Predictors of Postoperative Pituitary Adenoma Growth Rate Identified
Researchers identified a variety of patient and tumor-specific characteristics that predict the postoperative growth rate of pituitary adenomas, according to a retrospective review published online ahead of print in the Journal of Clinical Endocrinology and Metabolism.
"Currently, the most reliable tool for predicting the growth behavior of pituitary adenomas is to determine the specific histological subtype by utilizing an array of pituitary-specific transcription factors and antibodies against pituitary hormones, explained senior author Gelareh Zadeh, MD, PhD, Assistant Professor of Surgery, University of Toronto, and Scientist, Labatts Brain Tumor Research Centre and Ontario Cancer Research Institute, Toronto, Ontario. "Furthermore, examining the MIB-LI (proliferative index or how fast the cells are dividing) provides an ancillary tool for predicting growth by providing a measure of the proliferative potential of pituitary adenomas. However, to date, the clinical factors that are involved in predicting the growth behavior of pituitary adenoma are not well understood," she said.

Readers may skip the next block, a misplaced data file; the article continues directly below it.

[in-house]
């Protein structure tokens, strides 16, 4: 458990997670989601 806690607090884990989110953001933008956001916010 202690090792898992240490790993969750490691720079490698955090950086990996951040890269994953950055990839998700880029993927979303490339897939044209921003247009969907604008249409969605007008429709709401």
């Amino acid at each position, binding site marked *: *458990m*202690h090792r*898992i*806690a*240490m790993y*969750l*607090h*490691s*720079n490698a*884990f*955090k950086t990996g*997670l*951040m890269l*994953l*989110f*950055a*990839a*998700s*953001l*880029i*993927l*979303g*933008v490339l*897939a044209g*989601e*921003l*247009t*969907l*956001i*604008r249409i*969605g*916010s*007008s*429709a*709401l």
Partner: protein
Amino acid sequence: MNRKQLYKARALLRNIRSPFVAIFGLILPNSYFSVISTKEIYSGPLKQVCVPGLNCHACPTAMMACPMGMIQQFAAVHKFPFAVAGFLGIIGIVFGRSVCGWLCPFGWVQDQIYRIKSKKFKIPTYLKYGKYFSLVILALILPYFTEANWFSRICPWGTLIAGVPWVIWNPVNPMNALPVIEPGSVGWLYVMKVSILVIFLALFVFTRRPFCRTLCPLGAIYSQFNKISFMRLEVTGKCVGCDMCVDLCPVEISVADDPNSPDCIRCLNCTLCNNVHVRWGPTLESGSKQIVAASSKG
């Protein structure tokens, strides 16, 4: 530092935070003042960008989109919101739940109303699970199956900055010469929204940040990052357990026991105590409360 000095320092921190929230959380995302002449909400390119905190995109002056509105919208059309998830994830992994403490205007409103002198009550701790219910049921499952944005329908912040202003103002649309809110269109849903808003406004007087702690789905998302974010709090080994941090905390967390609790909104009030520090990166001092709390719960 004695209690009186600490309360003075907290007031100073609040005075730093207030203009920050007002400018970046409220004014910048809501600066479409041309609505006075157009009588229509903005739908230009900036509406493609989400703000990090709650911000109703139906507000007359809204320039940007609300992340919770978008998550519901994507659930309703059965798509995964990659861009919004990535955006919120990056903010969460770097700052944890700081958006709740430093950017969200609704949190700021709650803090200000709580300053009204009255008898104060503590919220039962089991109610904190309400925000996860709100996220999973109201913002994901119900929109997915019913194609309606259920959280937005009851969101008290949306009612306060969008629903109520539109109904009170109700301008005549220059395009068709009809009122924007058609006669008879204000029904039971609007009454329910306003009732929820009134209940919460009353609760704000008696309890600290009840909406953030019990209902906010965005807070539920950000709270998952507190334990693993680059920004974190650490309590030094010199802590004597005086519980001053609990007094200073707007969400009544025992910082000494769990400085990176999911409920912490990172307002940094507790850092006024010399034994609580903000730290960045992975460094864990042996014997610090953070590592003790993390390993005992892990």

"In this study we have examined the association between pre- and postoperative growth characteristics in association to patient demographics, MRI parameters and histopathological factors that may predict growth rate of pituitary adenomas both pre- and postoperatively," Dr. Zadeh said. "This study allows us to establish a more comprehensive clinicopathological framework from which clinicians can make more informed decisions and plan treatment strategies accordingly, and more importantly council patients on the best management options," she added.
The study found that "postoperative growth in cases of incomplete pituitary adenoma removal depends on age, gender, and preoperative growth rate (if those data are available), and less on tumor markers," commented Ferdinand Roelfsema, MD, PhD, Professor in the Department of Endocrinology and Metabolic Diseases at Leiden University Medical Center, Leiden, The Netherlands. "Such data may dictate the frequency for follow-up, although most patients will be under the attendance of endocrinologists, either for the associated persisting hormone overproduction and/or (partial) pituitary insufficiency," Dr. Roelfsema said.
Growth Found in 43% of Residual Pituitary Adenomas
The authors examined clinical and histopathological correlates of growth patterns in 153 patients who underwent resection of pituitary adenomas between 1999 and 2011. After surgery, 34.6% of patients had residual tumors and 43.3% of these tumors grew. The growth rate was calculated as the tumor volume doubling time (TVDT).
Preoperative TVDT was associated with older age (P=0.001), suprasellar tumor extension (P=0.003), cystic or hemorrhagic changes (P=0.004), and the presence of MIB-I LI (P=0.005), FGFR4 positivity (P=0.047), and negativity of p27 (P=0.007). The impact of these predictors varied among the different adenoma types.